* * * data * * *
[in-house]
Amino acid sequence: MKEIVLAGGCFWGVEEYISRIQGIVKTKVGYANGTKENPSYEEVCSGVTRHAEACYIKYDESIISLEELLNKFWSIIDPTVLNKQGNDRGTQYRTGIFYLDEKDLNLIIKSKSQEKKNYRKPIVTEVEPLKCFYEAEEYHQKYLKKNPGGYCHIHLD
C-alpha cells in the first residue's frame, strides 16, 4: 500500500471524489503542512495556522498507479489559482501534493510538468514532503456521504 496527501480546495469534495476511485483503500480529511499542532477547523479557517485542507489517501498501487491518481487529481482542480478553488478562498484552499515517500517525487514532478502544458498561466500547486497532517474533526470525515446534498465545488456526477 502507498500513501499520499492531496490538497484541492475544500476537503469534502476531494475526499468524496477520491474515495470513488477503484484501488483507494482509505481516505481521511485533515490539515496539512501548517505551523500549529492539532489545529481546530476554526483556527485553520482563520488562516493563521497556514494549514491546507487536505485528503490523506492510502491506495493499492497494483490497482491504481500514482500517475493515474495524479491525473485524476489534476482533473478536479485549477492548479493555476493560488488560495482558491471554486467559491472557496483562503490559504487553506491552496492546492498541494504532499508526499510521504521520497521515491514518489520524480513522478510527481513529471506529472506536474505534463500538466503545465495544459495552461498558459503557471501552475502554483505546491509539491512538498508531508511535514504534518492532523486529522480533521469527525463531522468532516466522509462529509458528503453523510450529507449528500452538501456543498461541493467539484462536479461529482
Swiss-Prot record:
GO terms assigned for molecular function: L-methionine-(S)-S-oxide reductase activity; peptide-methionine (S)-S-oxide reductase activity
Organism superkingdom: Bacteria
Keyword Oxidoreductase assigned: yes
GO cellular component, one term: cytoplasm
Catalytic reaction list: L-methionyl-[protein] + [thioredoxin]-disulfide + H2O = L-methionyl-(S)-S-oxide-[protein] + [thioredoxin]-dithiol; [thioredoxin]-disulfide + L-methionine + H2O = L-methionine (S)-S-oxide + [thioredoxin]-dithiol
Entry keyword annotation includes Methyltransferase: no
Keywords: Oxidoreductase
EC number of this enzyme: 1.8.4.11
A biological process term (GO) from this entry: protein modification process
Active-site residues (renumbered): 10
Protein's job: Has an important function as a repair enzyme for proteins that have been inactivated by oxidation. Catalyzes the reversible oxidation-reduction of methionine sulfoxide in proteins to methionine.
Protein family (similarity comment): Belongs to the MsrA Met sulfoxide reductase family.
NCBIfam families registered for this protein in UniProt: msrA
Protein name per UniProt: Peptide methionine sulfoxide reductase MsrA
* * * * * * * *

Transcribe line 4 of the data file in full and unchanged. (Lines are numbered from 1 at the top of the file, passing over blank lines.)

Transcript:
Swiss-Prot record: